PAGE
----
What type of diabetes do you have: Type 1
When were you diagnosed: May 3rd, 2010
What's your current blood sugar: Dexcom says 158 (about an hour and a half after my late-night dinner)
What kind of meter do you use: One Touch Ping. (And sometimes a Freestyle Freedom Lite, simply because I still have strips for it.)
How many times a day do you test your blood sugar: 8 on a steady day.
What's a "high" number for you: I'm unhappy with 160 +.
What's do you consider "low": 70 or under, obviously, but 80s and 90s could be "too low" for certain times of day (in relation to meals).
What's your favorite low blood sugar reaction treater: If I have my choice of any treatment, I go for a toddle-size box of 100% juice. I also keep starburst around for when I want something a little more junky, but not so tempting that I'll eat them when not low.
Describe your dream endo: I don't think I've known enough of them to say. Mine is pretty cool. I suppose my dream doctor in general would have more time to spend with me than doctors ever do.
What's your biggest diabetes achievement: So far, on this very short journey, I'd say simply coming to terms with my disease. I'm aware that there will be times when diabetes really gets in the way, but I'm feeling pretty happy despite all of this.
What's your biggest diabetes-related fear: Shortly after I was diagnosed, I would have said "dying in my sleep from low blood sugar." Now? Becoming a burden later in life because of complications... or dementia that me unable to manage my own disease.
Who's on your support team: My husband and my mom lead the team, and all of my close friends are key players.
Do you think there will be a cure in your lifetime: I don't think a cure is around the corner, but perhaps "in my lifetime" is a possibility. More likely, I think we'll have a really awesome treatment within the next ten years... something that takes significantly less maintenance than current options. Maybe an artificial pancreas that can really, truly act "real time" on its own.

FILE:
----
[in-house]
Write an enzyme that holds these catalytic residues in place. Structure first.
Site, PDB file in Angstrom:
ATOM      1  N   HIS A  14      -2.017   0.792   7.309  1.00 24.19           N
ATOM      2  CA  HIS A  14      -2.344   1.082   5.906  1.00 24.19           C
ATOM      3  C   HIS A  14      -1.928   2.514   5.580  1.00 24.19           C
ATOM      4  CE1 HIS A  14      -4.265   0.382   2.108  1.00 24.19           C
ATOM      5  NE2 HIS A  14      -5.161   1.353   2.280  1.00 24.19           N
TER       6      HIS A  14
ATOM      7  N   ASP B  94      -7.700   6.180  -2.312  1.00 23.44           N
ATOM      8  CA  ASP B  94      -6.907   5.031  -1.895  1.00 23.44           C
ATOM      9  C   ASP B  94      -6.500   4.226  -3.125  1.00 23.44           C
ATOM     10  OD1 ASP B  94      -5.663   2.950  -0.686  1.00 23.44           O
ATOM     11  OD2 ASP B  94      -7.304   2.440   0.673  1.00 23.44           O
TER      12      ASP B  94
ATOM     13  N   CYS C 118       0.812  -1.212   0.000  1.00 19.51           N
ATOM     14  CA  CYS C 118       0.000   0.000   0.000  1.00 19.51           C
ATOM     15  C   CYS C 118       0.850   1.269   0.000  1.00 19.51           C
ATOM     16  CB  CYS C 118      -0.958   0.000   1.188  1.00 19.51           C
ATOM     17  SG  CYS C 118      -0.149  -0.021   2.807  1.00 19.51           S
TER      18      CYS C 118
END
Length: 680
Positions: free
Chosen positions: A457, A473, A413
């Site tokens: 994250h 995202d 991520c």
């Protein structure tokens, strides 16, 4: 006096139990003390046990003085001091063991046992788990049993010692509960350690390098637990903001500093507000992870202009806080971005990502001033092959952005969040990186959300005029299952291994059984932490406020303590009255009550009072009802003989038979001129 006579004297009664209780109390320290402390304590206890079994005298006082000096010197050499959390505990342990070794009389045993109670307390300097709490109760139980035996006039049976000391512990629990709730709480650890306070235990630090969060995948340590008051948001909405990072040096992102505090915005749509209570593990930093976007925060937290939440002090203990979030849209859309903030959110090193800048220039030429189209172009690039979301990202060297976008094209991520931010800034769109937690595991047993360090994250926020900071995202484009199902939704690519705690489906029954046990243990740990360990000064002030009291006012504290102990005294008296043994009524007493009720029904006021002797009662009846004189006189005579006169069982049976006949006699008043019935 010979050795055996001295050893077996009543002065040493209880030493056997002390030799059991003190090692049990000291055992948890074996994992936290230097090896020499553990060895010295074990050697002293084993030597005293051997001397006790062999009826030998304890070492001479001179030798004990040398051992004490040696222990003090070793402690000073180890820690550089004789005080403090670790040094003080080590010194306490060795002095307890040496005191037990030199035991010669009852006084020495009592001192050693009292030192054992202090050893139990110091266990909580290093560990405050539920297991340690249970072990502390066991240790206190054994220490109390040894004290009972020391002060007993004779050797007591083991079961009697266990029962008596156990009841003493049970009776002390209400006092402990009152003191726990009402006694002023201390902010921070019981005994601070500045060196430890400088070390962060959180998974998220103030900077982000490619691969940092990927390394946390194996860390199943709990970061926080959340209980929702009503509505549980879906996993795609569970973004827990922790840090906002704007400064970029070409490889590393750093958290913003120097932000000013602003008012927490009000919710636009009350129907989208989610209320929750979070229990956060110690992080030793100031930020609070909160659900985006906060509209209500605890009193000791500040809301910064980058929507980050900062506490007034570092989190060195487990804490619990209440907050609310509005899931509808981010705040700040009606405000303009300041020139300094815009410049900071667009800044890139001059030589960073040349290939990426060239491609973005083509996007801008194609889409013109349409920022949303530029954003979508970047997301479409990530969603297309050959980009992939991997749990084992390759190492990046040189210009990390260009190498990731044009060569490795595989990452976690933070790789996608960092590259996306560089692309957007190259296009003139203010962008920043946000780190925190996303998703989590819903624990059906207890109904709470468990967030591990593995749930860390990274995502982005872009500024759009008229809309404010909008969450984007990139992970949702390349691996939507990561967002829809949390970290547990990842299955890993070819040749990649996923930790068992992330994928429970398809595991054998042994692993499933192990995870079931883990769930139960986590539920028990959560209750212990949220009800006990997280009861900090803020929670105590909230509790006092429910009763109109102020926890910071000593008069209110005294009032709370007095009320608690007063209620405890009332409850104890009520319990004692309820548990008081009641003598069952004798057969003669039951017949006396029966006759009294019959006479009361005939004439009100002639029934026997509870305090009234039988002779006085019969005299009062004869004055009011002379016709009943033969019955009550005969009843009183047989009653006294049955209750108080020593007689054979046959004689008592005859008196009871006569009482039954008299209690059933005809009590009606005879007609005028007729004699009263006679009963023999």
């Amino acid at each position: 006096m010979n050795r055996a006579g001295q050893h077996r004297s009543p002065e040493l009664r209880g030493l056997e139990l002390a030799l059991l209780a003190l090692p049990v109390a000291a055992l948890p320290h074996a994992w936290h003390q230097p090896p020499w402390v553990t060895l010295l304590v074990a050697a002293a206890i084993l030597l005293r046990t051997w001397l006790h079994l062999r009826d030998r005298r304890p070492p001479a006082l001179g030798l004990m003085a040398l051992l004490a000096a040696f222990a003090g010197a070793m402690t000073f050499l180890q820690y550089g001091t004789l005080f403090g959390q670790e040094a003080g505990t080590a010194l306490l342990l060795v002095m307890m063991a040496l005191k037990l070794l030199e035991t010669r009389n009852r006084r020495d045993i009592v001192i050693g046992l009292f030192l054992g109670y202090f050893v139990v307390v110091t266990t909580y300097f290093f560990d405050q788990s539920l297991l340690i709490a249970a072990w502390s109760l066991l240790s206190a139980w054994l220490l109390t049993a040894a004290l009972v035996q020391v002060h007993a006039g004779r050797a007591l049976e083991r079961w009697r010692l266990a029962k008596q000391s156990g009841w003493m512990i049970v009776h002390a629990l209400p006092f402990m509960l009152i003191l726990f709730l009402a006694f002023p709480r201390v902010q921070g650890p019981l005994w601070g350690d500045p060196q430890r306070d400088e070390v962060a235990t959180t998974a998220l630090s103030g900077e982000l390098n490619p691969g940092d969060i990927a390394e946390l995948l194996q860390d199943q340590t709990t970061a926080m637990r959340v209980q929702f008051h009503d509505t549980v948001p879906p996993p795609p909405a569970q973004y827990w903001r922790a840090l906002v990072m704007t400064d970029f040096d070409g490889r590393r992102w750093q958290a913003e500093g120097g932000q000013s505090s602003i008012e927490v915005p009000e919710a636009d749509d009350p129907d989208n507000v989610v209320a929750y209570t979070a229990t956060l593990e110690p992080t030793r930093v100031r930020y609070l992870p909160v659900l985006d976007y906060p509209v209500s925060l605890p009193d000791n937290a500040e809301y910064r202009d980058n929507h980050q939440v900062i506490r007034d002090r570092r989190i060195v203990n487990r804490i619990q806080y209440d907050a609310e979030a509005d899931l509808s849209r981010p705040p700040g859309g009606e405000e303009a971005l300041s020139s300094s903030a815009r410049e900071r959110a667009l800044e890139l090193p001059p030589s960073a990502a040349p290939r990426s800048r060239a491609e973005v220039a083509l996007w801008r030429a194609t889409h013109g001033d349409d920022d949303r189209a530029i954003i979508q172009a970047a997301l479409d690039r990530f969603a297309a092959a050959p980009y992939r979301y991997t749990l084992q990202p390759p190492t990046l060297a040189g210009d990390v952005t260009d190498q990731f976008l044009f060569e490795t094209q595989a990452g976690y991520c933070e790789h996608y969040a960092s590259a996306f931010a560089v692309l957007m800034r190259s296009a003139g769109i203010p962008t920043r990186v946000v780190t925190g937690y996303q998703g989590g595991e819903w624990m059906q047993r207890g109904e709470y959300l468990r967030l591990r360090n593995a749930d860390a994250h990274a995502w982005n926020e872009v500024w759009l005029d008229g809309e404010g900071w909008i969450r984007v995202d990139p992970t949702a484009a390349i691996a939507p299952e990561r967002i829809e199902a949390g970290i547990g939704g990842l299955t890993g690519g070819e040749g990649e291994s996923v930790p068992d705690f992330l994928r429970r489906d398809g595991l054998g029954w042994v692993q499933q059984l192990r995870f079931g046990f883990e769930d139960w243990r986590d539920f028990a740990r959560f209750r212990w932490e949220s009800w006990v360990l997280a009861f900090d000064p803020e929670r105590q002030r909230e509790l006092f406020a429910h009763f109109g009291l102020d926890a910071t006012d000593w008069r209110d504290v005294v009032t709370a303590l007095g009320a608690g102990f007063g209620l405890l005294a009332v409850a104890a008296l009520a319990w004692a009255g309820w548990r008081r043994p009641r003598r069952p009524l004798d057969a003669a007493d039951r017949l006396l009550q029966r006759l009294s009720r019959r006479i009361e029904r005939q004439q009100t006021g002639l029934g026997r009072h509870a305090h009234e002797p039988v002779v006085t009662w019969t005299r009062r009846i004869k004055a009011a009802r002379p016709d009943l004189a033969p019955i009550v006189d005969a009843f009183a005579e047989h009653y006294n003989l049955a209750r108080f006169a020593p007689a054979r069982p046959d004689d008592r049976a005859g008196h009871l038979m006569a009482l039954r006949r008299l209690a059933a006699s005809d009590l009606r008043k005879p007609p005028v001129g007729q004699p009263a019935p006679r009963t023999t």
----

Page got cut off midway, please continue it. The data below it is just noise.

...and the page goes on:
What is a "cure" to you: Either transplanting a pancreas/islet cells without the need for anti-rejection drugs and stopping the immune system from killing off the new cells, or an artificial pancreas that is inside the body and somehow "makes" insulin (yeah right).
The most annoying thing people say to you about your diabetes is: I've only had one person tell me what I "can't eat" anymore, but I do have a lot of people ask, "Can you eat that now?" It's normally just out of curiosity, but I hate having to explain that I can eat anything I want... but that some choices aren't as good as others so I should limit them.
What is the most common misconception about diabetes: There are tons. None have really shown up as one I run across often, though.
If you could say one thing to your pancreas, what would it be: It's not your fault. It's not our fault. And all in all... things could be worse.